Monday, May 27, 2013

Sophie Calle's "Address Book"

From Sophie Calle's introduction:

"Paris, End of June 1983
I found an address book on the Rue des Martyrs.
I decided to photocopy the contents before sending it back anonymously to its owner, whose address is inscribed on the endpaper. I will contact the people whose names are noted down. I will tell them, 'I found an address book on the street by chance. Your number was in it. I'd like to meet you.' I'll ask them to tell me about the owner of the address book, whose name I'll only reveal in person, if they agree to meet me.
Thus, I will get to know this man through his friends and acquaintances. I will try to discover who he is without ever meeting him, and I will try to produce a portrait of him over an undetermined length of time that will depend on the willingness of his friends to talk about him - and on the turns taken by the events...."

The subject (Pierre D.) recently died, enabling Sophie Calle to publish The Address Book. I talk about this work frequently in my classes and as an inspiration for the ongoing "artist stalking" series so it was a must own book for my collection.

Immediately noticeable is the form - it refers to the original address book in terms of scale, the black cord that holds the pages together and the color. In the first entry, Calle lists the facts (of course this would appeal to my organizational nature and the desire to know how things are represented numerically):

The book addresses Calle's "fear of the first contact" and how she selected who to approach. Given the year this action took place (1983 = long before the Internet invaded everyone's privacy), many of the people are more than happy to talk to Calle about Pierre D. There are some who flat out refuse (thankfully Pierre does have some friends within all those contacts).

What is so interesting is how obsolete a physical address book is these days. It is much easier to find out information about someone than it was in the early 1980s and an action like this most likely would not take place in this manner today.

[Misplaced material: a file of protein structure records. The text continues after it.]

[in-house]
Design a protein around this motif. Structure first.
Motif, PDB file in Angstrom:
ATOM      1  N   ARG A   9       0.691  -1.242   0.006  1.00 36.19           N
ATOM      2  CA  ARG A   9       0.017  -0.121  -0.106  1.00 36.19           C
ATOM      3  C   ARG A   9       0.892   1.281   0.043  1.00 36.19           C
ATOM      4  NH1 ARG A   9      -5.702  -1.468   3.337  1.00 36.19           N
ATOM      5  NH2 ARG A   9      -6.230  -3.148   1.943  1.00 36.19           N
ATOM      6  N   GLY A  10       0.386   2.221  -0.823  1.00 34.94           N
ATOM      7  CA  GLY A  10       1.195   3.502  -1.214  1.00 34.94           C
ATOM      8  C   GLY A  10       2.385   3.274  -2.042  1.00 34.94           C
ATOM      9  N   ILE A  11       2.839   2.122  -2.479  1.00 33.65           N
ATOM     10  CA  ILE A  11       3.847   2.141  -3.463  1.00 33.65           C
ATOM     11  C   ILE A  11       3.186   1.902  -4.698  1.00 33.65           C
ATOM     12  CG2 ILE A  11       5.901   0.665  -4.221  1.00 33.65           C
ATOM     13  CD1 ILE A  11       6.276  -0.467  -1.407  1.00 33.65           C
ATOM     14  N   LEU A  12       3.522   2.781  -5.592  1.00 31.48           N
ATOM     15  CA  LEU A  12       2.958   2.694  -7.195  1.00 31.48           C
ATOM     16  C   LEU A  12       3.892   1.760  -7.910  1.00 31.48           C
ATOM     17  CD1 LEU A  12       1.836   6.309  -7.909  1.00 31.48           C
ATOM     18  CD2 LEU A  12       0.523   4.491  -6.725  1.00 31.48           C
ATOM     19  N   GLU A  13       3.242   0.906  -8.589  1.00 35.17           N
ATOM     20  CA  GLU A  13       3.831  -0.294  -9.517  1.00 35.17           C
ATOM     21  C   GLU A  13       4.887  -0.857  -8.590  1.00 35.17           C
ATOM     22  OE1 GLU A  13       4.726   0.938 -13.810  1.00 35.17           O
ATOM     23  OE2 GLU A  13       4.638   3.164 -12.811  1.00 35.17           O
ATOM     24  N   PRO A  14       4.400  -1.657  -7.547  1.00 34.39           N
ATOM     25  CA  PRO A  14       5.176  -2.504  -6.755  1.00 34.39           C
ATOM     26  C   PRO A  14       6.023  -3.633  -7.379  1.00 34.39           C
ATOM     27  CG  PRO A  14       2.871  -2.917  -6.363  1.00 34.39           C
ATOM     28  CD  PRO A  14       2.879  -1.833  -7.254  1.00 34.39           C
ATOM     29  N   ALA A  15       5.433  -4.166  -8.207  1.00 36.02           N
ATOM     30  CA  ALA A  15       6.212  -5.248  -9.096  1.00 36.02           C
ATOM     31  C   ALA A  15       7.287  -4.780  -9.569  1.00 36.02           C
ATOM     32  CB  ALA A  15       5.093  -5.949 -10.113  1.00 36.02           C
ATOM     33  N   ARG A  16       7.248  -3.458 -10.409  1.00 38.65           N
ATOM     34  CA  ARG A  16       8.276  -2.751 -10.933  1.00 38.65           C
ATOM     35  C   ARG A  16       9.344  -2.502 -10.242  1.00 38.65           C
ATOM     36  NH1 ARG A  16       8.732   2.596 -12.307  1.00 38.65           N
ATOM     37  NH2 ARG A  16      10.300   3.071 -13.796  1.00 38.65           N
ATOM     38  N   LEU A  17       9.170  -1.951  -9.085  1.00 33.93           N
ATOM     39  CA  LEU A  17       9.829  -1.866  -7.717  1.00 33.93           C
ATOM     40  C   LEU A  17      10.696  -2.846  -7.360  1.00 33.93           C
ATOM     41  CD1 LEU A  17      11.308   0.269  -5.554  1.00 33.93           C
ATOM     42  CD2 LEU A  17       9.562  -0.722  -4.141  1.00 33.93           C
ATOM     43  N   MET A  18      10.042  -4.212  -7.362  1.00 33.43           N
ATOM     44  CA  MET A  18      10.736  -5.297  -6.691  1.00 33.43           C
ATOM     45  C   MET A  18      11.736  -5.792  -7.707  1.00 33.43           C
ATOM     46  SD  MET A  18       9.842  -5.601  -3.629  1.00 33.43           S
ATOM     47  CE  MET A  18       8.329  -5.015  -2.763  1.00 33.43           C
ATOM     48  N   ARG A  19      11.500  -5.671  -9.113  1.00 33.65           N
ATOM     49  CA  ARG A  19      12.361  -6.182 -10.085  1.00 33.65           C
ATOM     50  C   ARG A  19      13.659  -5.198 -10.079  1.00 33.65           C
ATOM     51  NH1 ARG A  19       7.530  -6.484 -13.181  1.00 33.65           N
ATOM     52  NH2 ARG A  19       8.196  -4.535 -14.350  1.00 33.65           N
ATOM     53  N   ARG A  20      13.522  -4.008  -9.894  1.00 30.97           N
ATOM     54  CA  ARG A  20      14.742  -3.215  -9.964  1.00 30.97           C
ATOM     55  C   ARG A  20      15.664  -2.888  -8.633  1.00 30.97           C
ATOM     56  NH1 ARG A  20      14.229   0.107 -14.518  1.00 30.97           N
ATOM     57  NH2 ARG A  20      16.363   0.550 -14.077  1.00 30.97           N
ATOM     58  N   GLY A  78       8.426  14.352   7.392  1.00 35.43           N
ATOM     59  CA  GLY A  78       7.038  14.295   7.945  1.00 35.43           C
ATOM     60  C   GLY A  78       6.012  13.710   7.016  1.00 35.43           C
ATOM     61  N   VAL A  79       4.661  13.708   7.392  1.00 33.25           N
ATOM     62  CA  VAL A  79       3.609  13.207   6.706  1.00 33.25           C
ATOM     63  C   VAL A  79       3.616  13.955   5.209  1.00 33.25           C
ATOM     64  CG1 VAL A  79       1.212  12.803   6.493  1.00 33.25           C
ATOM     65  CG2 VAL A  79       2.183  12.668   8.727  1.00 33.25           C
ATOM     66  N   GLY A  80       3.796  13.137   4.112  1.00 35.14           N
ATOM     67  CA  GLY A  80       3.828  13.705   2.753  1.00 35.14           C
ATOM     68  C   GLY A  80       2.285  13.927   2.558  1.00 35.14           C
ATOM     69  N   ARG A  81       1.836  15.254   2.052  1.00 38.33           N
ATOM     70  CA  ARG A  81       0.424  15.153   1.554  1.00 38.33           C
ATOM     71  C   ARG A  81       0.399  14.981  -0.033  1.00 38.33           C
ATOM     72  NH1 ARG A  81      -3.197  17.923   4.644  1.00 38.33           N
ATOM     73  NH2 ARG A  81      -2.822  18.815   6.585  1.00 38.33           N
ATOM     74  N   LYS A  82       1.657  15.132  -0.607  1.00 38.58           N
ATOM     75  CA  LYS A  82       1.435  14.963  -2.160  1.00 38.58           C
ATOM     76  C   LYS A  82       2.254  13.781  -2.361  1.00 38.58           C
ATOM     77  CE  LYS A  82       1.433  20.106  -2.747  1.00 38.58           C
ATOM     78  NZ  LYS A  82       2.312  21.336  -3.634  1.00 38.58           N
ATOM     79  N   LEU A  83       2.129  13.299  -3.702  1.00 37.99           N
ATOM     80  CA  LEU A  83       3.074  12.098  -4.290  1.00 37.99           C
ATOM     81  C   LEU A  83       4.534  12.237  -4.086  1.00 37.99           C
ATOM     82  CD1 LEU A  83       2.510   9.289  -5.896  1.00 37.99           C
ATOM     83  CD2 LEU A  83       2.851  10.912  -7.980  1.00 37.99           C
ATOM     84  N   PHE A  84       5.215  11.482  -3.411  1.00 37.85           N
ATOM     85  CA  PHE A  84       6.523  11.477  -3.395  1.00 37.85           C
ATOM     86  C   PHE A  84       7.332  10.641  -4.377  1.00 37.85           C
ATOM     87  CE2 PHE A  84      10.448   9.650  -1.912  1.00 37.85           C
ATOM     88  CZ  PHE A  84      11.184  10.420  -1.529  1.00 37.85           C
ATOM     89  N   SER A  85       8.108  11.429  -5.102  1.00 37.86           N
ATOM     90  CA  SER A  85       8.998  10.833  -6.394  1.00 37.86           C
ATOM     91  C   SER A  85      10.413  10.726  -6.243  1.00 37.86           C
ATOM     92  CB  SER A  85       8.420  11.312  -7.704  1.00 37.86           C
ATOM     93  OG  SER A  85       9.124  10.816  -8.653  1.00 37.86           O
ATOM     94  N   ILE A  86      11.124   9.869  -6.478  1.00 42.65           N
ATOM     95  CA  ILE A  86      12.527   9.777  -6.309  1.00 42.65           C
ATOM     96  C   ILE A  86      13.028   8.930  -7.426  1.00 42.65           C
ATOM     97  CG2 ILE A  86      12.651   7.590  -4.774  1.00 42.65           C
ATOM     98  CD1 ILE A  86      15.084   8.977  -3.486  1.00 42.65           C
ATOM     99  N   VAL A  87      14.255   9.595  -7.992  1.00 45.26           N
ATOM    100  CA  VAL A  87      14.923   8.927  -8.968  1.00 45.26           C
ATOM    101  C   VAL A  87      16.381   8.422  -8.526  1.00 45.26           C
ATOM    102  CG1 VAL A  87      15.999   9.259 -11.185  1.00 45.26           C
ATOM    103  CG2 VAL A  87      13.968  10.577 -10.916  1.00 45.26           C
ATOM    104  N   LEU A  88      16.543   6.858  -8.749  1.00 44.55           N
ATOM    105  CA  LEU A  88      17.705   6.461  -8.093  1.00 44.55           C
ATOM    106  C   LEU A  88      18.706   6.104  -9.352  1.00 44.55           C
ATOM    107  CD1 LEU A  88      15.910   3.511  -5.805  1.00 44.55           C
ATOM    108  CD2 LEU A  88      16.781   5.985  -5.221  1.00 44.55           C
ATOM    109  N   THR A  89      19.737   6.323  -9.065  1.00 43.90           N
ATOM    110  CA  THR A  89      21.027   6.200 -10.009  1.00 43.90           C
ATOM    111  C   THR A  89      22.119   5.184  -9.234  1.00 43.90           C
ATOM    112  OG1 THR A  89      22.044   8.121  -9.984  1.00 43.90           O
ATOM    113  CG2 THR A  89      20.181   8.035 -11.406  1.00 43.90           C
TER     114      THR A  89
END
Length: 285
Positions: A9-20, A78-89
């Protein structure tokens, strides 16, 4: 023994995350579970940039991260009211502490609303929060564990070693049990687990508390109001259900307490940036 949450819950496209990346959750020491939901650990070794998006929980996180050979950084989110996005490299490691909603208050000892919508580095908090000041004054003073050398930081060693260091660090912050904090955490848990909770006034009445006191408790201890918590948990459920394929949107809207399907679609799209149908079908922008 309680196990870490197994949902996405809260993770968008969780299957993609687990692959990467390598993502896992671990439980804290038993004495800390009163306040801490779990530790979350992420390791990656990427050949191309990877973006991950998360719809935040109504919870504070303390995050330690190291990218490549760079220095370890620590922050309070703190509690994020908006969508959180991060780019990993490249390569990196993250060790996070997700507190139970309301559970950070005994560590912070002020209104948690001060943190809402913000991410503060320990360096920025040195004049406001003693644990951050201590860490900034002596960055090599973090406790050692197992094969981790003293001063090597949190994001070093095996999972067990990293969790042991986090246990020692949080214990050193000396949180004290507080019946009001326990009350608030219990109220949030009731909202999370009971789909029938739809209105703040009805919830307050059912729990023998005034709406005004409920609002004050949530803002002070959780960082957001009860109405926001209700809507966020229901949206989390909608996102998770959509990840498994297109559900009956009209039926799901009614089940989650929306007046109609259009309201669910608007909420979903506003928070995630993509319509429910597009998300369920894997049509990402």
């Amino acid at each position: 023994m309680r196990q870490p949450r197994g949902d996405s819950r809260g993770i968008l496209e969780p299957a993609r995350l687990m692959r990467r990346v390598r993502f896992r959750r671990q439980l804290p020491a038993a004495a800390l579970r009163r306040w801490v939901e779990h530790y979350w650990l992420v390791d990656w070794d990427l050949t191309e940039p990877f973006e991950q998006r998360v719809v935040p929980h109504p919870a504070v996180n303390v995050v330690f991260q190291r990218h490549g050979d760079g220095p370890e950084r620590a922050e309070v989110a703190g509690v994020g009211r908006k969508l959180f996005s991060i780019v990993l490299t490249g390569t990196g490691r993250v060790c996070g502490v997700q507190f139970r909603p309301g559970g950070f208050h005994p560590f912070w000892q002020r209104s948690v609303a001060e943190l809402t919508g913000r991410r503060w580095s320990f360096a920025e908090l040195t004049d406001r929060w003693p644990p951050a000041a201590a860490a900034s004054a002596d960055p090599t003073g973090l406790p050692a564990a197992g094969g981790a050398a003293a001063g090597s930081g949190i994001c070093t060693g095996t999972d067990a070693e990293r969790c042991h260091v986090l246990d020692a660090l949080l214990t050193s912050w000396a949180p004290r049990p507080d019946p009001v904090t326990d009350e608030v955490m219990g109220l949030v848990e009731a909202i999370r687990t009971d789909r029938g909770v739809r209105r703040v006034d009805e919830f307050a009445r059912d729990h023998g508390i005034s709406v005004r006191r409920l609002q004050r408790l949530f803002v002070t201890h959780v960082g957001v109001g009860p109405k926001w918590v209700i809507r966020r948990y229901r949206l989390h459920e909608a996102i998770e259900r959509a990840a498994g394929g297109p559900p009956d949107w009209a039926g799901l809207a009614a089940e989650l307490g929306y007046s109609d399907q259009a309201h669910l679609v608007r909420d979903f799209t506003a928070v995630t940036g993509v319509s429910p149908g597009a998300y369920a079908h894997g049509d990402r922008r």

My favorite part of the book (which I was not aware of before reading the publication) is that Calle visits his domicile. Calle's learned through his contacts that Pierre was working out of town for a few weeks in the Lapland and she seized the opportunity to learn where he lived.

"Here is the main door, the entryway to the building. There is no concierge, just a panel with the names of the tenants. Next to 'Pierre D. Building A. 5th floor, Right,' there is another name: 'V." and no first name. I enter the courtyard. Building A is on the left. It has a narrow stairway. The paint is peeling off, the ceiling crumbling.... On his door, Pierre has thumb-tacked an honor roll with his name on it. There is a white doorbell button. What if he has postponed or cancelled his departure? His neighbor on the same floor opens his door a crack and peers at me."

Like so many of her projects, as soon as Calle is done with the series, her interest wanes and she moves on to something else.

In terms of the "Artist Stalking" series, I thought it was far more humorous to only have photographs of male artists' homes. I would only add one woman if I found out her address and that is Sophie Calle. Wonder of all wonders, I learned about a month ago where Sophie lives. Perhaps my next trip to Europe will feature a photograph of her house.

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